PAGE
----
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This may not be a good fit for the Q&A format of Physical Fitnes, but I'll try anyway.

I've been running for a decade or so, and despite trying lots of different running shoes in specialist running shops, I've never been offered a pair of Nike trainers to try. Marketing and presence in the shops leads me to believe Nike must be one of the biggest running shoe manufacturers, if not the biggest, so I find this surprising.

I asked a shop once and they said "Nike shoes are kind of different. They tend to be very padded at the front".

I'm a moderate to heavy overponator who only runs up to half-marathon distance.

I can think of three possible answers:

  1. Nike don't make shoe suitable for runners like me, either because "they are kind of different" or maybe they just don't make a model that matches my description
  2. Nike aren't as big in the running world as I think; they're just another running shoe manufacturer who happen to have a lot of marketing. I probably wouldn't be posting this if I'd never tried as Asics or Saucony.
  3. Yes, it is odd (you don't need to speculate on the reason if this the answer)
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A lot of store clerks who offer running test have no clue. They are first and foremost - salesman. You are probably better of going to a professional like a fysiotherapist. –  Soccerman Jul 21 at 10:50

2 Answers 2

Let me try to have a stab at answering your questions.

  1. Nike makes a pretty good range of shoes and I'm sure you can find one that will suit. Look for LunarGlide that are fairly light, not tons of cushioning, but more than Saucony Kinvara. They also use the Flywire design (knitted top). In also supernator and find them great for both short and longer distances.
  2. There is a lot of snobbery in the running world. And because Nike have been focusing for years at the fashion end of the market they might not have been taken seriously. But they have some great products, a lot of innovative technology and probably the largest budget on R&D and testing.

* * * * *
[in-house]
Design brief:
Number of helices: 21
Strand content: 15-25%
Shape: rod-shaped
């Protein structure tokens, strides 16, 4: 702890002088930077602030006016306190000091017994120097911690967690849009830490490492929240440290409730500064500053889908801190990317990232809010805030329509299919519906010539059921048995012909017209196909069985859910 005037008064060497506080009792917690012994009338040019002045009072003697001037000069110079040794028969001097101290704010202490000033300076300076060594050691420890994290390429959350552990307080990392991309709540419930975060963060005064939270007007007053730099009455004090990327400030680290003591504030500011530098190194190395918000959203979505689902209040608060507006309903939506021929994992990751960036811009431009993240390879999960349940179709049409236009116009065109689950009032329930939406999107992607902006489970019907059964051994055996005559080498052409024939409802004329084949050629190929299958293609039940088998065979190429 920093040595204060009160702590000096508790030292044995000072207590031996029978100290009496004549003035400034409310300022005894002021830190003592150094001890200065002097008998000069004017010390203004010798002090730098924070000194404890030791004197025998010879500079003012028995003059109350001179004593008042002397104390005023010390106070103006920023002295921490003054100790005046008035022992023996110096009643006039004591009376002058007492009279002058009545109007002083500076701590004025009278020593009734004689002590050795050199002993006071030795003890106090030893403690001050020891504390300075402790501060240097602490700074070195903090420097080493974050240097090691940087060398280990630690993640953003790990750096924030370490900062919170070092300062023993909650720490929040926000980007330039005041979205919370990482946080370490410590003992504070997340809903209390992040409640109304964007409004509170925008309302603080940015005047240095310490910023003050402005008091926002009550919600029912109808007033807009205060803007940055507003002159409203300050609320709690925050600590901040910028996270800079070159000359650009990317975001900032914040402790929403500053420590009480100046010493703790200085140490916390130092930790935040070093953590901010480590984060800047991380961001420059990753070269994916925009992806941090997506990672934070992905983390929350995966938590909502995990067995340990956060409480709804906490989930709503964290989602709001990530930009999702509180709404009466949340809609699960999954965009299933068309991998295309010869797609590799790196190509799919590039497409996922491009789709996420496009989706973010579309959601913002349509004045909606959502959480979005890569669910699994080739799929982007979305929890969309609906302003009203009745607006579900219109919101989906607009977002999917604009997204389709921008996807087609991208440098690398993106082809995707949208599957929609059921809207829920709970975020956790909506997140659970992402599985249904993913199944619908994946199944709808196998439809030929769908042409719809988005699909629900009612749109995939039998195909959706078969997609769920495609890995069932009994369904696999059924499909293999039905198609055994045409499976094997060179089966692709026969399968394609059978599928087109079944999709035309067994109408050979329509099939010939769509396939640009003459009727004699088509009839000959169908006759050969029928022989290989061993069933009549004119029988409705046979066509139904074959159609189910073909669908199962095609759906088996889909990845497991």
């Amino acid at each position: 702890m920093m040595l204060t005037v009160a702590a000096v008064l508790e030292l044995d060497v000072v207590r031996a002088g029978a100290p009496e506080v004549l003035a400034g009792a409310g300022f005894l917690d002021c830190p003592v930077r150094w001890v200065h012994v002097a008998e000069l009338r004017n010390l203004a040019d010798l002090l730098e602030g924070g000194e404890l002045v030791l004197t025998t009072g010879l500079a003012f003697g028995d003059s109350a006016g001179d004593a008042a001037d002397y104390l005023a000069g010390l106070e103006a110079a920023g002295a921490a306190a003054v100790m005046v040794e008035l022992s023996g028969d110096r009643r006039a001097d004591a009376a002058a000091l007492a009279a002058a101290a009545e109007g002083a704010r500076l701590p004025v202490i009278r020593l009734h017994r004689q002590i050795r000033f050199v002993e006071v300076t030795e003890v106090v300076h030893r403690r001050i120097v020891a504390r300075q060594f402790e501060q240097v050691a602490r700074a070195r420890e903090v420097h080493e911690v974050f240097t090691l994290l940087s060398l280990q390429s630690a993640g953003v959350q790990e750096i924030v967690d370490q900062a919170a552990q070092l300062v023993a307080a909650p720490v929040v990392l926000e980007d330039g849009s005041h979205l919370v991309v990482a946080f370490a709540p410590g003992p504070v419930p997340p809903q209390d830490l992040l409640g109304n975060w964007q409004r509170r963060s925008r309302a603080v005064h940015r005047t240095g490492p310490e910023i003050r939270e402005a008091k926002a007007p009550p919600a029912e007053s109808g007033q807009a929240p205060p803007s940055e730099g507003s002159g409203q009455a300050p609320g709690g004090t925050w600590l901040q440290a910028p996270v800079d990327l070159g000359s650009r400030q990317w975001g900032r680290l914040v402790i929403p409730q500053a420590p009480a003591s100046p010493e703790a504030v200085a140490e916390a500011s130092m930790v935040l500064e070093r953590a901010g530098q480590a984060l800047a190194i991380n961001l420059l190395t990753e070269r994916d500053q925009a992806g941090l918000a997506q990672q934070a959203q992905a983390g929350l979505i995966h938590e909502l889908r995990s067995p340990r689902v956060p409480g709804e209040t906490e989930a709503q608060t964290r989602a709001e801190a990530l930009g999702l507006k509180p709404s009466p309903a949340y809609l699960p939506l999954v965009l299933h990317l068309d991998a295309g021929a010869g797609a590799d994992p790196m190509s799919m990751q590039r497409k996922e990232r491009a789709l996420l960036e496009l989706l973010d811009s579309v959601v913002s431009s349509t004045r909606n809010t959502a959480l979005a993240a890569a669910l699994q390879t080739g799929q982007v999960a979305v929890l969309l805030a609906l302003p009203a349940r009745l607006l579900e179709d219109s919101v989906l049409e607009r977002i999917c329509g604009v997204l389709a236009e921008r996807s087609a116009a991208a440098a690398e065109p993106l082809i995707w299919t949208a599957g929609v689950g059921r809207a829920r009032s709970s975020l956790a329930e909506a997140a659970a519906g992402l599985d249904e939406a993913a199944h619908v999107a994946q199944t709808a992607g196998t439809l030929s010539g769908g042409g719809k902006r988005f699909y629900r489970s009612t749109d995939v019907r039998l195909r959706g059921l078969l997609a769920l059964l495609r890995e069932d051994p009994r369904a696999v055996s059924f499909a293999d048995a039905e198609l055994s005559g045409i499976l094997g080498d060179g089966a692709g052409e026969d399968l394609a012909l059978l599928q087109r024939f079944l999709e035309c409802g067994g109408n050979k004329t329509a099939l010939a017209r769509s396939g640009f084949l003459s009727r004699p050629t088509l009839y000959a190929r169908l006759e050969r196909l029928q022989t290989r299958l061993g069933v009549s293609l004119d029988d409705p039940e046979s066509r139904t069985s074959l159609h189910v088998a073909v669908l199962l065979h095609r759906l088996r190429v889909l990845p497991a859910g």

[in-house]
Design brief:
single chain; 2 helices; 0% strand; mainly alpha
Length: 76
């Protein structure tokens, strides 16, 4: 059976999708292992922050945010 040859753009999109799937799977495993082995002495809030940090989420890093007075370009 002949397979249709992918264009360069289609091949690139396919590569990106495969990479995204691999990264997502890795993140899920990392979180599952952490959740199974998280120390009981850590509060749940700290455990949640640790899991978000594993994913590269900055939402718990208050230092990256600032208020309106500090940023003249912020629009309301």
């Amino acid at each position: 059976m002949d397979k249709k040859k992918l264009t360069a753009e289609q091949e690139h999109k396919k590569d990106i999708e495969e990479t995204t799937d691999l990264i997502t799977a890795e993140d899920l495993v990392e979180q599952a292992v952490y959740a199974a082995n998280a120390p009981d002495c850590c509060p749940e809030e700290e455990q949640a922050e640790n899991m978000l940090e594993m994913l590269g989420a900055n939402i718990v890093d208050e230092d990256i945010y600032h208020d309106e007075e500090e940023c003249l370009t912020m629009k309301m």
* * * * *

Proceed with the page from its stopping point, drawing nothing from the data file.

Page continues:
3. I wonder whether the smaller brands offer cash incentives to shops to carry their product, or possibly higher margins. This way the shop owners are more likely to push Saucony, Asics, Mizuno,etc.

Personally I started with Nike Free run. They fitted very well, but then I thought, let's give a smaller brand a shot. Sadly I found the Kinvara lacking in longevity, so I'm back to Nike for another pair of road runners and am not regretting. I still have for other pairs from different brands, so have a good means for comparison.

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Like you, I have been running a number of years and have tried various brands.

In my opinion there are a couple of reasons you won't be offered Nike running shoes in a running shop.

I'm sure someone will correct me if I'm wrong, but sometimes with big brands like Nike they can be very fussy about where their shoes are sold. They may say to shops they they will only take an order from them if they spend a certain amount of money(a large amount). Given that most Running Shops are small independant shops rather than a chain. I suspect most can't afford to do this.

In my early days of running I used Air Pegusus(an entry level shoe that is still around now), but I do also feel that a lot of their shoes are aimed more at the fashion market, more than specialised running.

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Thanks. I should have added almost all these shops would have carried Nike shoes. At least one was a fairly big chain and another carries the widest selection of running shoes I've ever seen. –  Disco 3 Apr 1 at 10:28
    
I agree re: the fashion statement (then again Mo Farah wears Nike. But this is his sponsor so he has to). I think the same re: Adidas too. Everyone has personal preference when it comes to trainers. Personally I never really look past Asics, Saucony and Mizuno when buying road shoes or Inov8 when buying off road. I never have and probably wouldn't try a Nike trainer either –  Jimsan Apr 4 at 8:31

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